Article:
Never mind, the flaws are minor and can be disregarded. Pyron tells an immensely entertaining story that should be...




An entertaining and rewarding biography of the pianist and entertainer whose fans’ adoration was equaled only by his critics’ loathing.

“I cried all the way to the bank,” was Wladziu Valentino Liberace’s response to his many detractors. Historian Pyron (Southern Daughter, 1991) admits his initial reluctance taking on Liberace’s biography, but he came to respect the pianist as he learned more about him. He persuasively argues that Liberace, thoroughly and rigorously trained, was a genuine musician as well a brilliant showman. His early conventional concerts usually received favorable notices, and many critics were enthusiastic. From his youth, however, Liberace had always preferred entertainment to recitals: thus his costumes and sets grew increasingly extravagant and he added popular music to his programs. This vulgarization, along with his frequently professed conservative midwestern values, proved too much for the high priests of 1950s Modernism. Led by the likes of Howard Taubman of the New York Times, critics lambasted Liberace wherever he appeared in reviews that were breathtakingly virulent. Many of his attackers, in those pre-Stonewall days, made astonishingly nasty allusions to his effeminate nature. Liberace, much liked by those who worked with him, took the broadsides mostly benignly, although he did sue and collect from the loathsome William “Cassandra” Connor (Britain’s answer to Westbrook Pegler) for a particularly vicious bit of homo-baiting. Pyron points out that, in the mid-1950s, for Liberace to have come out of the closet would have meant a certain end to his career: he thus did as much as he could (including lying under oath) to hide his proclivities. When simply narrating this uniquely American story, Pyron does a fine job, but he has an annoying tendency to make far-fetched allusions (e.g., to the ceremonies of the Eleusinian Mysteries of ancient Greece, as well as the Antinomian and Arminian heresies). In addition, Pyron is not terribly well-versed in classical music—and this leads to such gaffes as referring to pianist Earl Wilde as a jazz musician.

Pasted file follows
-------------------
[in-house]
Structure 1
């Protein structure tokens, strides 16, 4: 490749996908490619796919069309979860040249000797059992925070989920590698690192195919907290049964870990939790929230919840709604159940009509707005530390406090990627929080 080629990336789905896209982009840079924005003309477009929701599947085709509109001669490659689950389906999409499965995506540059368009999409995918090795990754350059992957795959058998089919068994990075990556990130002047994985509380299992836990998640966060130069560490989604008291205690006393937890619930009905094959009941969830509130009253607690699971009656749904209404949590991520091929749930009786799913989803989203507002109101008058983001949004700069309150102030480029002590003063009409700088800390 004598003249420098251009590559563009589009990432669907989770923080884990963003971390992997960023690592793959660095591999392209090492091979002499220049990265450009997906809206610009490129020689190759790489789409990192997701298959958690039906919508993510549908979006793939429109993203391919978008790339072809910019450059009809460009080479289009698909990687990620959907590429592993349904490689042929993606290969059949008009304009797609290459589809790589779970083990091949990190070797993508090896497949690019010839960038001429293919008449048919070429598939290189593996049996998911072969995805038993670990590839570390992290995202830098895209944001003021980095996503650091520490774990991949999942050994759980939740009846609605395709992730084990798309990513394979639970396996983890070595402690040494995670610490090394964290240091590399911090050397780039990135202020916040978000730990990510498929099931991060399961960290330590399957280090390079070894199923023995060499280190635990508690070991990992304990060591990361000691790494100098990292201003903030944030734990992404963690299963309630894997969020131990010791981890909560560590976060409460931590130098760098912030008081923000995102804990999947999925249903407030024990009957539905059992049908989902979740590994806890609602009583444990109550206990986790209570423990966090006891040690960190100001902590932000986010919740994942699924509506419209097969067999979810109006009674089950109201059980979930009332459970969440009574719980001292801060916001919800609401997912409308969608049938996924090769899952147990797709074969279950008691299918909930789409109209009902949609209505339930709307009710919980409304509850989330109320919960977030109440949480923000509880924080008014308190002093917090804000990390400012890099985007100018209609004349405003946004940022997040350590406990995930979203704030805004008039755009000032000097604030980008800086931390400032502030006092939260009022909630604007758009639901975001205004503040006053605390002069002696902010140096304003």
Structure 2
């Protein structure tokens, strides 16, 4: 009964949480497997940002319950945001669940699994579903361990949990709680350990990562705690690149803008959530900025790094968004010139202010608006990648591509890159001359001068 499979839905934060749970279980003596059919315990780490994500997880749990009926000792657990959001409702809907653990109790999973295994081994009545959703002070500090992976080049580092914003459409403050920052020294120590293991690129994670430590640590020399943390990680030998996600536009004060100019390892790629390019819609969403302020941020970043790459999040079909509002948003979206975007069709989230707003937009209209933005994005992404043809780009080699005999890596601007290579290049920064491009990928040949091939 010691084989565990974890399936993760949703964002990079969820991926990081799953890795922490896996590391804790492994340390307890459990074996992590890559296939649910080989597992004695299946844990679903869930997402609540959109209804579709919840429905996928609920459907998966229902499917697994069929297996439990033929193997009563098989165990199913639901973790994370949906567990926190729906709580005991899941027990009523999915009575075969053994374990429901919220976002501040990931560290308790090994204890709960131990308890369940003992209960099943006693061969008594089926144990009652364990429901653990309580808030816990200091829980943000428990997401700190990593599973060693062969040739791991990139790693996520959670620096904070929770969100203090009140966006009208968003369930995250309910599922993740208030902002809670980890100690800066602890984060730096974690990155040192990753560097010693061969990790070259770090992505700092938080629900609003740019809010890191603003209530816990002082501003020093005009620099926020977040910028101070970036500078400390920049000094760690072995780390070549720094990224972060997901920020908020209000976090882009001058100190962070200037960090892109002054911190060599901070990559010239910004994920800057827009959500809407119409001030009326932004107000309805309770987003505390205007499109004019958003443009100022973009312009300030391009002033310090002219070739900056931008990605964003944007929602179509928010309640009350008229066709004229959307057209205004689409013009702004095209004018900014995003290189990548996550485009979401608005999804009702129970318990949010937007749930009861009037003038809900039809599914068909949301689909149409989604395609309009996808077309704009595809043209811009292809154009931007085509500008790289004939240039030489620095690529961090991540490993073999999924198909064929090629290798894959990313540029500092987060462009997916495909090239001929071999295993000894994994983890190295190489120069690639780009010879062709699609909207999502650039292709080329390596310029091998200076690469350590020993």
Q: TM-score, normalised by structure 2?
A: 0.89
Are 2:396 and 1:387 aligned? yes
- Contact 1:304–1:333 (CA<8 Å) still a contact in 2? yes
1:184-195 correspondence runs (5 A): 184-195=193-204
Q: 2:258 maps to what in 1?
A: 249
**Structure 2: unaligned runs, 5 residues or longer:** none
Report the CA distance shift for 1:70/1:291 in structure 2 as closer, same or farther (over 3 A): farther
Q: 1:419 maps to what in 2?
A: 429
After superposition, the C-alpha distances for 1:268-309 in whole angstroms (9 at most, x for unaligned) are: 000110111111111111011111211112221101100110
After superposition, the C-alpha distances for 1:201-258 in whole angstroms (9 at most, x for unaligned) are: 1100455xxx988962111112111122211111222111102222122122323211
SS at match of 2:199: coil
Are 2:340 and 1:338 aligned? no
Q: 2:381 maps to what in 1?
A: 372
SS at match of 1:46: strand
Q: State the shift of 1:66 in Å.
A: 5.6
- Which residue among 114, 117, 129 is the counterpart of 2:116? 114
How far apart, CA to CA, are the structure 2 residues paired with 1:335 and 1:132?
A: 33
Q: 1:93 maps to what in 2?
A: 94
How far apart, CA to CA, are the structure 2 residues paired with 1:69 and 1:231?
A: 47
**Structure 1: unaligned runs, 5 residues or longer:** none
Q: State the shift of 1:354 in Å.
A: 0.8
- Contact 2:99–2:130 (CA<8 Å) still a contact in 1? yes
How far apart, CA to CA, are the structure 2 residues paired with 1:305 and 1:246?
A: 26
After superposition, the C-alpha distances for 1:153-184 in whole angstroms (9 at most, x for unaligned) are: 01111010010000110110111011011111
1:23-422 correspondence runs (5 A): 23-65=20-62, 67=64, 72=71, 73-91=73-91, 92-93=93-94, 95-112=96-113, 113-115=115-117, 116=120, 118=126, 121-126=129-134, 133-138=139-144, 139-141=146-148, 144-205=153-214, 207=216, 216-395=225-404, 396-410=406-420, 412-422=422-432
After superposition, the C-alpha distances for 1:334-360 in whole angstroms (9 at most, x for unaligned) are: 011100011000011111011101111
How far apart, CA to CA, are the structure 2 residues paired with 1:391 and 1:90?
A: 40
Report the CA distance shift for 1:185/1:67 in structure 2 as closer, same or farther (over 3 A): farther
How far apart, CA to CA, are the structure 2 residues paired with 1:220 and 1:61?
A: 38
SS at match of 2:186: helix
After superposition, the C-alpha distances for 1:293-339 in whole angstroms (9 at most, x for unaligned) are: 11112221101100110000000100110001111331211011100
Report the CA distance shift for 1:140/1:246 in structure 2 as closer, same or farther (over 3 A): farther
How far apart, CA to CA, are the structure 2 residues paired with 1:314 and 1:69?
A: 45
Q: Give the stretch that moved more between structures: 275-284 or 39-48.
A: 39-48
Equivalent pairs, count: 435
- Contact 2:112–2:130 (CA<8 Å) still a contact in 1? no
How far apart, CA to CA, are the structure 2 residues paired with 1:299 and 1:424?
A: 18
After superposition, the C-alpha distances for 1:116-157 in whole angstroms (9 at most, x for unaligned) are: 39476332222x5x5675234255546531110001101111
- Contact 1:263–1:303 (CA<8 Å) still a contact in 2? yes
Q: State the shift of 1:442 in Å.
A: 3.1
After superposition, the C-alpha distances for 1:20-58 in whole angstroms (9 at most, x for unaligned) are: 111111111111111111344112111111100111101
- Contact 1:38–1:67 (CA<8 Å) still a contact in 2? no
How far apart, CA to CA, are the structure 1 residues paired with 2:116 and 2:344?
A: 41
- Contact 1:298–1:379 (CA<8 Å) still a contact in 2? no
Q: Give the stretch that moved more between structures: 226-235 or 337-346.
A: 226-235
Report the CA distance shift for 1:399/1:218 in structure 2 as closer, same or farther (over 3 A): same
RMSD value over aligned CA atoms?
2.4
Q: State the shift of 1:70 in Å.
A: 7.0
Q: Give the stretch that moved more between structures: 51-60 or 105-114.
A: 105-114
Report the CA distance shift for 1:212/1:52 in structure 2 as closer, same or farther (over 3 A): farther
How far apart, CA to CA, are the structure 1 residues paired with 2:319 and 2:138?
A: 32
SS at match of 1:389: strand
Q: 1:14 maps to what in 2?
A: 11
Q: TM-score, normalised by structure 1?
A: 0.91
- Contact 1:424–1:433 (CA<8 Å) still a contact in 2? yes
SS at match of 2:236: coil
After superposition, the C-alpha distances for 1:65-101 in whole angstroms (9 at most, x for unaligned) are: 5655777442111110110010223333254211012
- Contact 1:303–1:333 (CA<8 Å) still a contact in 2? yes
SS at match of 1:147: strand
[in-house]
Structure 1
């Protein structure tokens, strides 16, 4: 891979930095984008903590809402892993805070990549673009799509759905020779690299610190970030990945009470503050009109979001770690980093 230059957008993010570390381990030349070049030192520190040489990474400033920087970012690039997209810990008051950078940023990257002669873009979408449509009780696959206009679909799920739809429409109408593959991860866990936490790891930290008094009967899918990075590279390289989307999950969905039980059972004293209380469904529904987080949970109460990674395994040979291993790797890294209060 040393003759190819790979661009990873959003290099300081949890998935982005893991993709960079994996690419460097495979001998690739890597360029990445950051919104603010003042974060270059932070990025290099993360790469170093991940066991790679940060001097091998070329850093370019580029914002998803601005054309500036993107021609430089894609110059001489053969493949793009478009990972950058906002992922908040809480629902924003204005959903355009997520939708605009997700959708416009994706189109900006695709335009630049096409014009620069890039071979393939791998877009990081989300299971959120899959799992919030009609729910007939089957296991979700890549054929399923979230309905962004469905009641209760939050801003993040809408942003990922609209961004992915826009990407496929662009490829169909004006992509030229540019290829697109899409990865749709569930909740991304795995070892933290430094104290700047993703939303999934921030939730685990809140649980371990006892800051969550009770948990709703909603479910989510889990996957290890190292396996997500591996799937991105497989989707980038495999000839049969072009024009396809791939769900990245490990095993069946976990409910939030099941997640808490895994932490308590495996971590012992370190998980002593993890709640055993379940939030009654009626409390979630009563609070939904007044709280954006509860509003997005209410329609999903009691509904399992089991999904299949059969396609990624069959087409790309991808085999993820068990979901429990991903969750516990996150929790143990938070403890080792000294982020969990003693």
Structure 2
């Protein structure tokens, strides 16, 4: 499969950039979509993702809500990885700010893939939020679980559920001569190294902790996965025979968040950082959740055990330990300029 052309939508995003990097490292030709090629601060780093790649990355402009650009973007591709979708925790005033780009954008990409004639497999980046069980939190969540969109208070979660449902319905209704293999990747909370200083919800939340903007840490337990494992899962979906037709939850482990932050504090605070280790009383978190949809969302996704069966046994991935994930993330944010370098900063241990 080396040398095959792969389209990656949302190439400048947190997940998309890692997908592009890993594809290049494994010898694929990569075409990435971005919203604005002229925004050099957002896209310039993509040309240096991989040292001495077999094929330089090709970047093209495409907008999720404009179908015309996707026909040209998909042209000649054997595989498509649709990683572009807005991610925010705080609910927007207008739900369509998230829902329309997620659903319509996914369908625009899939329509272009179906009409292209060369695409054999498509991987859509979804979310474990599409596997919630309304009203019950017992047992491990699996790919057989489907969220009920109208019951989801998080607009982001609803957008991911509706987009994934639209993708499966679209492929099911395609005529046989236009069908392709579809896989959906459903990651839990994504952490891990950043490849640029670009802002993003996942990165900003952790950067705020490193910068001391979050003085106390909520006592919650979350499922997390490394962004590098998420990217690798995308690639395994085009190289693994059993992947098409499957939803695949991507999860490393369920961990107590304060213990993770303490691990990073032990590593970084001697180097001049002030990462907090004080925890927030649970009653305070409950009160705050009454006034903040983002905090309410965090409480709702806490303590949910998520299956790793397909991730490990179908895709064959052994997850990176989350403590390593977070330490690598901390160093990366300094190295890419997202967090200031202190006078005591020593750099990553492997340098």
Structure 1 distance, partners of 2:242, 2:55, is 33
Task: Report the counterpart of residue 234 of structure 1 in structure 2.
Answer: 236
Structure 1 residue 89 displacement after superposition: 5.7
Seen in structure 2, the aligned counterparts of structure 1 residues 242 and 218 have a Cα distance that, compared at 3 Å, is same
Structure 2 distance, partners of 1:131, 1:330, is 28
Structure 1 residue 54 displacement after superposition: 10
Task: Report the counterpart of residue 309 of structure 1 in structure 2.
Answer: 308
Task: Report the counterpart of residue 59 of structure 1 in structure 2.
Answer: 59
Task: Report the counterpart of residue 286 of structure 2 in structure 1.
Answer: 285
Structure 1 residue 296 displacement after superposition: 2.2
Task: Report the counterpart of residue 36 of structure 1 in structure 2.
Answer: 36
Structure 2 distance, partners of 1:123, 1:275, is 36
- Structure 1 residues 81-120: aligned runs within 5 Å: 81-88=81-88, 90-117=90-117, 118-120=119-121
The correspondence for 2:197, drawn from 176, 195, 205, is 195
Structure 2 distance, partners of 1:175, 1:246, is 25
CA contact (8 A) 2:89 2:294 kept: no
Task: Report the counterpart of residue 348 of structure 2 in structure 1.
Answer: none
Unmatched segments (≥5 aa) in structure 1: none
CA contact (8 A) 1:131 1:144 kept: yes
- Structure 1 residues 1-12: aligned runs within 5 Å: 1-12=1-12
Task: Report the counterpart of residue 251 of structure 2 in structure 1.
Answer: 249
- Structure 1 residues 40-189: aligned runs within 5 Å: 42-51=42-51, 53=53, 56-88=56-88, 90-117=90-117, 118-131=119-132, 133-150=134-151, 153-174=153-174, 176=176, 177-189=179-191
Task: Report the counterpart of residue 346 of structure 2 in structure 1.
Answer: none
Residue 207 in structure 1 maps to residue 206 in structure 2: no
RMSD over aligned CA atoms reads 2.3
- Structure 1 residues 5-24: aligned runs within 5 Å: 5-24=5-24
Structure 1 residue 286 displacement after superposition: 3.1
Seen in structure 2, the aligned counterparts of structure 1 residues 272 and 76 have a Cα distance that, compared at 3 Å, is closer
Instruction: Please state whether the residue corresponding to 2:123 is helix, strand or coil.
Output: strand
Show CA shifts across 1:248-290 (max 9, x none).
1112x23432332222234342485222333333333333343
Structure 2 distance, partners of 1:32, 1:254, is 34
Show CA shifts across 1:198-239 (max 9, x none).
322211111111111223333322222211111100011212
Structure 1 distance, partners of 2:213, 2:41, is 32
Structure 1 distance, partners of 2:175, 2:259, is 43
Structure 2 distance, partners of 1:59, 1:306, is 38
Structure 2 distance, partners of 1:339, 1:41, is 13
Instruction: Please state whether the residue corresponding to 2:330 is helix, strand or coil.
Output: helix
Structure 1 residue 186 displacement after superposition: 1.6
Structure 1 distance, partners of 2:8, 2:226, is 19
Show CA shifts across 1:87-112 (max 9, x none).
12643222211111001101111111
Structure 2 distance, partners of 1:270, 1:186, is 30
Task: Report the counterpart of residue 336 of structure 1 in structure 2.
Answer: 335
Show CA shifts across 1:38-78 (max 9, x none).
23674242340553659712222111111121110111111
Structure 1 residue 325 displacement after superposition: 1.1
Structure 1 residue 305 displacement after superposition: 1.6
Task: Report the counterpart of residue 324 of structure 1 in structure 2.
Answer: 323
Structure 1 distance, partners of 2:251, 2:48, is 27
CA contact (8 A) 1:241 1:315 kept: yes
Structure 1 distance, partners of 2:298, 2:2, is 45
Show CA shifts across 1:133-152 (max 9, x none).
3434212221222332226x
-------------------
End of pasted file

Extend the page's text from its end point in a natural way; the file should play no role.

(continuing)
Never mind, the flaws are minor and can be disregarded. Pyron tells an immensely entertaining story that should be fascinating and pleasurable to anyone with an interest in American popular culture. (50 photographs, unseen)

Pub Date: July 1, 2000

ISBN: 0-226-68667-1

Page Count: 482